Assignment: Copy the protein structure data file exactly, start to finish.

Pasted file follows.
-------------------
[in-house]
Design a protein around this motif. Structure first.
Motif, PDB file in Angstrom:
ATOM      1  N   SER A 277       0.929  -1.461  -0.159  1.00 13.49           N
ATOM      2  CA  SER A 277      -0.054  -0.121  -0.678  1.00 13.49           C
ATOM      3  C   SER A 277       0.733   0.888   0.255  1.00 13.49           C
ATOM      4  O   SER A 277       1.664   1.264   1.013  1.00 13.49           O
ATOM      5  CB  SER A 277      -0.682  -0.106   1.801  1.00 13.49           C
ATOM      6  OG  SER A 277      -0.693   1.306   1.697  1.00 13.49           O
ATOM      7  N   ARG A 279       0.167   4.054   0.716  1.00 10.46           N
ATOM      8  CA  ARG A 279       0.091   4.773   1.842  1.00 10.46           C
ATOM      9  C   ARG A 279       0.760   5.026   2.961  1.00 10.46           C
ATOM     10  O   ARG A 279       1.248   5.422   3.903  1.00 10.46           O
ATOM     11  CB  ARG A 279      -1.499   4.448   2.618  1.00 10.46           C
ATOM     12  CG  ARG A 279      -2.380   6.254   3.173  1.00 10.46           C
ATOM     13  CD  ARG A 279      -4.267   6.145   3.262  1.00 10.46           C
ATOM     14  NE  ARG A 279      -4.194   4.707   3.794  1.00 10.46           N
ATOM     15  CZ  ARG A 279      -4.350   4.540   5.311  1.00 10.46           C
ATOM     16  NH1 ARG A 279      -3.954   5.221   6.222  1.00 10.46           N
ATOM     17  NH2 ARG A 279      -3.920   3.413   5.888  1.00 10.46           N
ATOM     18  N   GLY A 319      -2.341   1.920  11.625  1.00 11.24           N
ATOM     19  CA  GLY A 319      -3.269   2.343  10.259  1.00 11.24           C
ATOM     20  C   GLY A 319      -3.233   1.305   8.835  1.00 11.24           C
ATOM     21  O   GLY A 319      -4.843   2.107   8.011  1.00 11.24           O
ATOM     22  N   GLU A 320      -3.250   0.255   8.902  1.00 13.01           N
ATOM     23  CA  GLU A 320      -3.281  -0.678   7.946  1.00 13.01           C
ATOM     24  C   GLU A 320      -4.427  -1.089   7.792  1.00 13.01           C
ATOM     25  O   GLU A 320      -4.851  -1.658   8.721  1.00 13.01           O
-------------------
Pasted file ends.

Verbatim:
[in-house]
Design a protein around this motif. Structure first.
Motif, PDB file in Angstrom:
ATOM      1  N   SER A 277       0.929  -1.461  -0.159  1.00 13.49           N
ATOM      2  CA  SER A 277      -0.054  -0.121  -0.678  1.00 13.49           C
ATOM      3  C   SER A 277       0.733   0.888   0.255  1.00 13.49           C
ATOM      4  O   SER A 277       1.664   1.264   1.013  1.00 13.49           O
ATOM      5  CB  SER A 277      -0.682  -0.106   1.801  1.00 13.49           C
ATOM      6  OG  SER A 277      -0.693   1.306   1.697  1.00 13.49           O
ATOM      7  N   ARG A 279       0.167   4.054   0.716  1.00 10.46           N
ATOM      8  CA  ARG A 279       0.091   4.773   1.842  1.00 10.46           C
ATOM      9  C   ARG A 279       0.760   5.026   2.961  1.00 10.46           C
ATOM     10  O   ARG A 279       1.248   5.422   3.903  1.00 10.46           O
ATOM     11  CB  ARG A 279      -1.499   4.448   2.618  1.00 10.46           C
ATOM     12  CG  ARG A 279      -2.380   6.254   3.173  1.00 10.46           C
ATOM     13  CD  ARG A 279      -4.267   6.145   3.262  1.00 10.46           C
ATOM     14  NE  ARG A 279      -4.194   4.707   3.794  1.00 10.46           N
ATOM     15  CZ  ARG A 279      -4.350   4.540   5.311  1.00 10.46           C
ATOM     16  NH1 ARG A 279      -3.954   5.221   6.222  1.00 10.46           N
ATOM     17  NH2 ARG A 279      -3.920   3.413   5.888  1.00 10.46           N
ATOM     18  N   GLY A 319      -2.341   1.920  11.625  1.00 11.24           N
ATOM     19  CA  GLY A 319      -3.269   2.343  10.259  1.00 11.24           C
ATOM     20  C   GLY A 319      -3.233   1.305   8.835  1.00 11.24           C
ATOM     21  O   GLY A 319      -4.843   2.107   8.011  1.00 11.24           O
ATOM     22  N   GLU A 320      -3.250   0.255   8.902  1.00 13.01           N
ATOM     23  CA  GLU A 320      -3.281  -0.678   7.946  1.00 13.01           C
ATOM     24  C   GLU A 320      -4.427  -1.089   7.792  1.00 13.01           C
ATOM     25  O   GLU A 320      -4.851  -1.658   8.721  1.00 13.01           O